“It just wasn’t like him to have everything so out of place,” she says.
That night, his behavior became even more erratic. He was paranoid and agitated, she says. He thought there were people whispering to him through the electrical outlets. His speech kept slipping into what sounded like foreign languages. He stayed up all night burning incense and playing his guitar with the window shades pulled down tight.
Even though she’d never witnessed it before, Stephanie understood that Boone was in a manic state. In the morning, she got a friend to watch Meyers and took Boone to Providence Center. In the waiting room, Stephanie says, Boone’s obsessive compulsiveness kicked in and he used an entire bottle of sanitizer on his hands. Still, he was in a deliriously good mood.
“He thought that I was a princess and he was taking me to a ball with Brad Pitt and Angelina Jolie,” Stephanie says. “The doctor said most people having a manic episode are focused entirely on themselves, not the people around him. And the doctor said that was a good sign, at least.”
Boone spent two days at Providence, and when he returned home he went to work recording more songs with Supple to make a full-length DAWNS album. But both Stephanie and Boone were wary about the prospect of another episode. Stephanie says doctors told them he should go on medication, and that the 12 years of relative good health he’d had was probably a fluke. They weren’t sure if the doctors were right, but they had Meyers to consider.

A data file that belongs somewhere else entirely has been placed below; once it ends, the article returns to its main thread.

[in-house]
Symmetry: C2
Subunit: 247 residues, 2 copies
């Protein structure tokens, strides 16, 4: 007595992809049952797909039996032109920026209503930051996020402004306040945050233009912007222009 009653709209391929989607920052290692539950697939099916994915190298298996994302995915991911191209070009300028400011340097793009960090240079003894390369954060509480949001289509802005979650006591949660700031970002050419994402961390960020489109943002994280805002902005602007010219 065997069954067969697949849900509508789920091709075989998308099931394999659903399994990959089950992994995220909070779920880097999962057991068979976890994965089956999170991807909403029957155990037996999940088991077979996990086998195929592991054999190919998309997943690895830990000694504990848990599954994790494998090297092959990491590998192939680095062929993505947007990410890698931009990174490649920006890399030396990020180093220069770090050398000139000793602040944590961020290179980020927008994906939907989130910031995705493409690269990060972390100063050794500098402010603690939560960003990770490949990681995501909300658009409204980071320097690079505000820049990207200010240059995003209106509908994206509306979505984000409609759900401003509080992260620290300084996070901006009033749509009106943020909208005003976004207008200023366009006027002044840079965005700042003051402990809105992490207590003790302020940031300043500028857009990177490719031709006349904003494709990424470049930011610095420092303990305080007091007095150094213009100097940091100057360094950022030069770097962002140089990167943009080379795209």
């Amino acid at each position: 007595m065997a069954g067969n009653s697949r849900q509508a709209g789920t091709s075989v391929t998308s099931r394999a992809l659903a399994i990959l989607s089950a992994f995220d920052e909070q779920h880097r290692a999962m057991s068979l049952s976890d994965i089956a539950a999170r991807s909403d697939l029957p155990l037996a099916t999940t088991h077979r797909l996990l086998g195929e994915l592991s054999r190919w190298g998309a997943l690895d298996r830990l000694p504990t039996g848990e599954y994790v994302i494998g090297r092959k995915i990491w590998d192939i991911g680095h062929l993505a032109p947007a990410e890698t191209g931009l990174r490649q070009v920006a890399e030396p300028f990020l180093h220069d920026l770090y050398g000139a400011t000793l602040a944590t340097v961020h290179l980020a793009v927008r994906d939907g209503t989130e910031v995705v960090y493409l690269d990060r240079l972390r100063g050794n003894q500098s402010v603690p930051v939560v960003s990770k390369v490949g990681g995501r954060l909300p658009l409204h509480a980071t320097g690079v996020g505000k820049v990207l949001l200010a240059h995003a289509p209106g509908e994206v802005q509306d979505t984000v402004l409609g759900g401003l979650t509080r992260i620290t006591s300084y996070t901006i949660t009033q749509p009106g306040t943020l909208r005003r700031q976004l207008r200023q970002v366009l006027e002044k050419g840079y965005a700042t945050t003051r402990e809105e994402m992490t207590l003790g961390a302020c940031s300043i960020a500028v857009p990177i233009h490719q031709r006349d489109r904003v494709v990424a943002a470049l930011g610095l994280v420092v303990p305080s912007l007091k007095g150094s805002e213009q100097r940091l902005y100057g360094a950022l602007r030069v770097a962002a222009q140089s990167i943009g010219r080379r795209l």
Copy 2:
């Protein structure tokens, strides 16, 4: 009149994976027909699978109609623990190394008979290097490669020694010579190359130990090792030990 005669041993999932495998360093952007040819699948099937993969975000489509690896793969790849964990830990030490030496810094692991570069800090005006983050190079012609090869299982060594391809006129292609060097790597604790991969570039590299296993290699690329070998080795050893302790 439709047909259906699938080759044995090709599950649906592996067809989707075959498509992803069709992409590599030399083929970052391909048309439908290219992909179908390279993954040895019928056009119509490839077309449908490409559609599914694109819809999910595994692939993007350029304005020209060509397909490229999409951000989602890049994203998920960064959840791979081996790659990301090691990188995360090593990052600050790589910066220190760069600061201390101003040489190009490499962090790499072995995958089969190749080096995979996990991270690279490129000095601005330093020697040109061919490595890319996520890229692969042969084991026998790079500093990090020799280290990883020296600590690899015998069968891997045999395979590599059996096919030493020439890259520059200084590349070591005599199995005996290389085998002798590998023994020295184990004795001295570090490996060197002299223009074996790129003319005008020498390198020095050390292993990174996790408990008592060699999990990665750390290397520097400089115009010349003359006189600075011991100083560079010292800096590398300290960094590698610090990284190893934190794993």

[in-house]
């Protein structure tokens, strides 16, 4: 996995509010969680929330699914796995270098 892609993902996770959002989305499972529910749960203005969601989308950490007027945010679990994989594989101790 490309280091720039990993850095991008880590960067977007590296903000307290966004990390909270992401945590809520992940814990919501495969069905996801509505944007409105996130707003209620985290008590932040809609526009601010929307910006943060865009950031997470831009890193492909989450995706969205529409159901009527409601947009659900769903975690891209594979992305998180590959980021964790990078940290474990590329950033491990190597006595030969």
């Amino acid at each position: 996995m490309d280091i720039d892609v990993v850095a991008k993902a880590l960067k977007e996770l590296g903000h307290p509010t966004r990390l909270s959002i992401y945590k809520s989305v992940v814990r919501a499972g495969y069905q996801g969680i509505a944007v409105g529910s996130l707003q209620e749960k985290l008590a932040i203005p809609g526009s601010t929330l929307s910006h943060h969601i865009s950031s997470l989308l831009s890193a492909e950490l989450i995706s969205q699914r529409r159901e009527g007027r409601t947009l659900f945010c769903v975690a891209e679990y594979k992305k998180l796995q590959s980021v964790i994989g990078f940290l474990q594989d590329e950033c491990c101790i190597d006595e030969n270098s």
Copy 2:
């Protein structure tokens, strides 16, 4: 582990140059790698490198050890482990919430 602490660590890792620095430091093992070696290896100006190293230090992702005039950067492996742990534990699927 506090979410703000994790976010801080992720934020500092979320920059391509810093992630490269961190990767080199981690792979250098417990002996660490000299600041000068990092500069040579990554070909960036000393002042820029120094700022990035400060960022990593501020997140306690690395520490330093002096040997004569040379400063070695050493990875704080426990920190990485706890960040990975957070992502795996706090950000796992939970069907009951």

“I was so hypervigilant about being better for my son, immediately,” Boone says. “Like, ‘This cannot be happening. I have a child. I am a dad now.’ And so I was way more willing to take medications. We usually would just weather the storm, just me and Steph, with diet and exercise, and we were fine. I wish we had this time, too. It was one perpetual snowball that went the wrong way.”
Boone was put on medications including lithium and seroquel and for the next few months, Stephanie watched as his anxiety seemed to get worse. She decided that they should move to her hometown of Philadelphia for a few months, where she could get support from her family. In October 2013, before they left, Boone’s doctors put him on Klonopin to help him sleep better. But nothing helped.